The Confederation of British Industry (CBI) issued a report on 26 April, warning that the UK was in danger of under-shooting its 2020 targets due to a cocktail of low investment, financial risk, poor planning, delays in approving renewable energy projects and policy uncertainty.
Its concerns were echoed on 27 April by France's Syndicat des Energies Renouvelables (SER), which said that France was on track to miss its 2020 targets as a result of a lack of financial support and administrative bureaucracy, particularly for wind power projects.
Folker Franz, climate spokesman for BusinessEurope, agreed, citing administrative delays at the national level as "a huge problem" which, he said, "needs to be thoroughly reassessed".
But he did not support EU legislation to impose binding deadlines for project approvals, and instead called for a focus on financing major trans-European projects.
"The EU can try to facilitate the financing of cross-border infrastructure, and facilitate dialogue between national actors too," he told EurActiv.
The European Commission recently published its strategy to promote pan-European smart grids through a mixture of regulatory incentives and national action plans.
"It is obvious that we need major investments in our energy system over the next decade," Franz said. "At the EU level, the priority needs to be cross-border infrastructure, grids and pipelines."
Last month, BusinessEurope was surprised by a flurry of pleas from environmentally-friendly businesses for a deepening of the EU's emissions cuts targets to 30%.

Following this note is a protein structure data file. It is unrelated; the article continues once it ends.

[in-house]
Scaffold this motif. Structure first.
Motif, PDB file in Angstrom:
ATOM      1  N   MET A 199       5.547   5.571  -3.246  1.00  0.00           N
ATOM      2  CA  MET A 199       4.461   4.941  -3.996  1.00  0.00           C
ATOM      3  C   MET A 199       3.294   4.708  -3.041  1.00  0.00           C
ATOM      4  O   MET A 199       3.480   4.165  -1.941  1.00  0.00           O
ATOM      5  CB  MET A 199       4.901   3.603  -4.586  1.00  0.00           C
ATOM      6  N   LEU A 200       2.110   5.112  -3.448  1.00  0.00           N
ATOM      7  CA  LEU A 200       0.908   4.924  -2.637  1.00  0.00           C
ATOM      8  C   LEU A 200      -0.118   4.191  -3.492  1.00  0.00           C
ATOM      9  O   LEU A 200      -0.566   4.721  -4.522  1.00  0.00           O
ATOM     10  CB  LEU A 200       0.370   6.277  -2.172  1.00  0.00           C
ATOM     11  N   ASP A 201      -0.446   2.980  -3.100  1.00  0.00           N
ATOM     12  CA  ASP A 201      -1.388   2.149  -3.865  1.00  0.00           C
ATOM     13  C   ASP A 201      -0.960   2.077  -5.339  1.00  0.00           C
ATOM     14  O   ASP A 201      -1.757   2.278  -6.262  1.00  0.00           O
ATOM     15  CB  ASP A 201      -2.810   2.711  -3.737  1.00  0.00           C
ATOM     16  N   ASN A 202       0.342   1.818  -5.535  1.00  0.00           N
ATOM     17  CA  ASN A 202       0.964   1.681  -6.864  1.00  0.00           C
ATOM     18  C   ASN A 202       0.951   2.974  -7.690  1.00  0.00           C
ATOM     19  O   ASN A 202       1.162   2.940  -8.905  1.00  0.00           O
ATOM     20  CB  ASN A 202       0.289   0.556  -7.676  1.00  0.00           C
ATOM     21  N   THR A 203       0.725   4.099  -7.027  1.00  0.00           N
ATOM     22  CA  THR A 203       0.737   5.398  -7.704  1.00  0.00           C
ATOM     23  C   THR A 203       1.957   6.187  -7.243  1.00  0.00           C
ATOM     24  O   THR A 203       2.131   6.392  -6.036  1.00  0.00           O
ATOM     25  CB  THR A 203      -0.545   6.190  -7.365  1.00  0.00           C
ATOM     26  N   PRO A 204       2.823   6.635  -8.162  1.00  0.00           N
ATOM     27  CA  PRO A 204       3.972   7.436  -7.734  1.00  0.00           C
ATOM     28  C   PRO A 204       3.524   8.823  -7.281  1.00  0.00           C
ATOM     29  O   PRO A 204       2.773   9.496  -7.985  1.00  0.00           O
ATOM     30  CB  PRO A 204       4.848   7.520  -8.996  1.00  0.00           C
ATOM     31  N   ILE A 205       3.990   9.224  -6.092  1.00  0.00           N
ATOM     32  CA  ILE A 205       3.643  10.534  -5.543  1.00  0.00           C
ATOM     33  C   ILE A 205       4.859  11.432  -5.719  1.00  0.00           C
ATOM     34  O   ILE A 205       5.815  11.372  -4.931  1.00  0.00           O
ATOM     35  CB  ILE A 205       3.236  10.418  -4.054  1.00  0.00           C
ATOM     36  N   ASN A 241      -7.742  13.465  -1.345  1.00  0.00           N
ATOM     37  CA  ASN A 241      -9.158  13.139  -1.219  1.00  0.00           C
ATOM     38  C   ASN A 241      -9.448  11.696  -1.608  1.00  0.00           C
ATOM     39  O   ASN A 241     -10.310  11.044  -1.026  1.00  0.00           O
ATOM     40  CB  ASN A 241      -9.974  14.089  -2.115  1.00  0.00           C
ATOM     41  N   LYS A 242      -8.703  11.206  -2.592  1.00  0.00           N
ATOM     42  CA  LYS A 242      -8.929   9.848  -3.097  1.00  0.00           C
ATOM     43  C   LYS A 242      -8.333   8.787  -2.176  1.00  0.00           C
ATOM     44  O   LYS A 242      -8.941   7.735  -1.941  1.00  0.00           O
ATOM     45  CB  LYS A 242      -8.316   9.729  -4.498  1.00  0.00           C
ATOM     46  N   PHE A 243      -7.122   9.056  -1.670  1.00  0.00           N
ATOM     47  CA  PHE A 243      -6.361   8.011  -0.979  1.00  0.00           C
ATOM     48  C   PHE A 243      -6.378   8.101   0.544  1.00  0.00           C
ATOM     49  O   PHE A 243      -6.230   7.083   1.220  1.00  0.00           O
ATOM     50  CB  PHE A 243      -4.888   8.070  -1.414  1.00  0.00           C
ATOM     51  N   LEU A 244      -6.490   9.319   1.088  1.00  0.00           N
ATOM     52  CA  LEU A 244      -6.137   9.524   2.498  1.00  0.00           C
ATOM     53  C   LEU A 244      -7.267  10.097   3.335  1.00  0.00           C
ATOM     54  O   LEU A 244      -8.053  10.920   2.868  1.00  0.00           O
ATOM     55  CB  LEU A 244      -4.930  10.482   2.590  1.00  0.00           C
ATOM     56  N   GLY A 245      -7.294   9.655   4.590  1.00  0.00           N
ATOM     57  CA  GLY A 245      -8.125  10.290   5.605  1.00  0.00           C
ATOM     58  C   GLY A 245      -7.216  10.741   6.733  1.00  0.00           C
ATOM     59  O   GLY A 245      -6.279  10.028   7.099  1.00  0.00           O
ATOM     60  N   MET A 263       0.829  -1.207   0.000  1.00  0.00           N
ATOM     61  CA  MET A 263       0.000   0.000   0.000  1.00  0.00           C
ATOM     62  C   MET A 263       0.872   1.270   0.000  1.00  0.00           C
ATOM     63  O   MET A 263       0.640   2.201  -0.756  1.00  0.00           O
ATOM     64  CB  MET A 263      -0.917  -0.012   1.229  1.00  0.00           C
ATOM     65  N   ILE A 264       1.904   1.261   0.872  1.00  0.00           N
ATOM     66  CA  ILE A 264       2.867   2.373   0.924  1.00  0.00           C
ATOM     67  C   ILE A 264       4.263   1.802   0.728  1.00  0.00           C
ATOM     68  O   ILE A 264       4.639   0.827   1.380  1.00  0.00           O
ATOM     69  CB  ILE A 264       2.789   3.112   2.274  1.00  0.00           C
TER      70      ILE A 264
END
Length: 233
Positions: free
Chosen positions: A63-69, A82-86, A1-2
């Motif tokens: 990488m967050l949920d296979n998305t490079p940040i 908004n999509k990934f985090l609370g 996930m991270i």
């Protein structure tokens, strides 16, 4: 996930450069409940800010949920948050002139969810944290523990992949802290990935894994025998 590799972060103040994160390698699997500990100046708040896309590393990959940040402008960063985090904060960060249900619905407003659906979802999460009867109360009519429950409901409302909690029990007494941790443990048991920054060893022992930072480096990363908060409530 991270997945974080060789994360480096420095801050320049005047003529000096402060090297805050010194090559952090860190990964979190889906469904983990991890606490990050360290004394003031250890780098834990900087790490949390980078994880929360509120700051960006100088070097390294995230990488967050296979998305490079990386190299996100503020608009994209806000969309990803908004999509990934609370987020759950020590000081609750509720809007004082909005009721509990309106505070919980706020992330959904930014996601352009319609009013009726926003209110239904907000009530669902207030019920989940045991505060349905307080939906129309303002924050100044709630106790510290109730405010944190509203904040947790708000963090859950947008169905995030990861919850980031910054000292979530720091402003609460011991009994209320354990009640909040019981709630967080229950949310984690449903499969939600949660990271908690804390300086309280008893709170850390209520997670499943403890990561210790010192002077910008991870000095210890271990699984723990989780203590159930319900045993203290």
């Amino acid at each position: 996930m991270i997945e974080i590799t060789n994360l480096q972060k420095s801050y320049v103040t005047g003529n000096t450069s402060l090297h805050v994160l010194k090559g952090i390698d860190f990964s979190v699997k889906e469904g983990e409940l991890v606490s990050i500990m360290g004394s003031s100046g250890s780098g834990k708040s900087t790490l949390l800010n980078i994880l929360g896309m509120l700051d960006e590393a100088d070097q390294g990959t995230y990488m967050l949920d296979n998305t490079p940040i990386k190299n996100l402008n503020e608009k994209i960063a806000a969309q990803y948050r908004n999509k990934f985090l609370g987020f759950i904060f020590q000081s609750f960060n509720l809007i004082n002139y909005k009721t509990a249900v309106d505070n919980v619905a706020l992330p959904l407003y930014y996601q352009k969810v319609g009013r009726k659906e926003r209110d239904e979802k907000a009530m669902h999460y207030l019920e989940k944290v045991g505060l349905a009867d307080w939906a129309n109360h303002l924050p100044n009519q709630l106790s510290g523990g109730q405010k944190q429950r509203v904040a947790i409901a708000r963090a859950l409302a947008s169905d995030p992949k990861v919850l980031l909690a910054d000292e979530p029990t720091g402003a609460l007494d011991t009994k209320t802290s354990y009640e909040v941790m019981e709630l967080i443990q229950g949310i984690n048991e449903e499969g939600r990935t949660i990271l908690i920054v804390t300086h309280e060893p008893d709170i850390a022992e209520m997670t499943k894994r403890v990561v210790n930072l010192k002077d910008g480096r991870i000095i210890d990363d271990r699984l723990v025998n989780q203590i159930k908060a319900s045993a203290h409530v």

Since then, the business debate has shifted towards how even the more moderate EU 2020 targets can be met at a time of austerity measures and uncoordinated policymaking.
In a press release, the CBI called for the UK's Green Investment Bank to issue bonds "as soon as possible" to securely bridge pension funds and capital intensive industries.
"Businesses want to get on with building new low-carbon infrastructure," the CBI's policy director Katja Hall said, "but there is still too much policy uncertainty".
"We need the government to set a clear direction of travel and to stick to it," she added.
In France, where new wind projects are often delayed by legal appeals lasting up to three years, Jean-Louis Bal, the head of SER, said his group would table new legislative proposals so that the 2020 targets could be met.
"It's not too late," he told a news conference. "But it's now that we need to raise the alarm because if we wait until 2015, then it will be too late."
As well as more financial support, "there is also a need to lift administrative constraints, especially for wind power," he said.
France has already installed some six gigawatts (GW) in wind power capacity, but SER argues that it will need to provide 25GW of wind power by 2020 to meet its goal of generating 23% of electricity demand from green energy.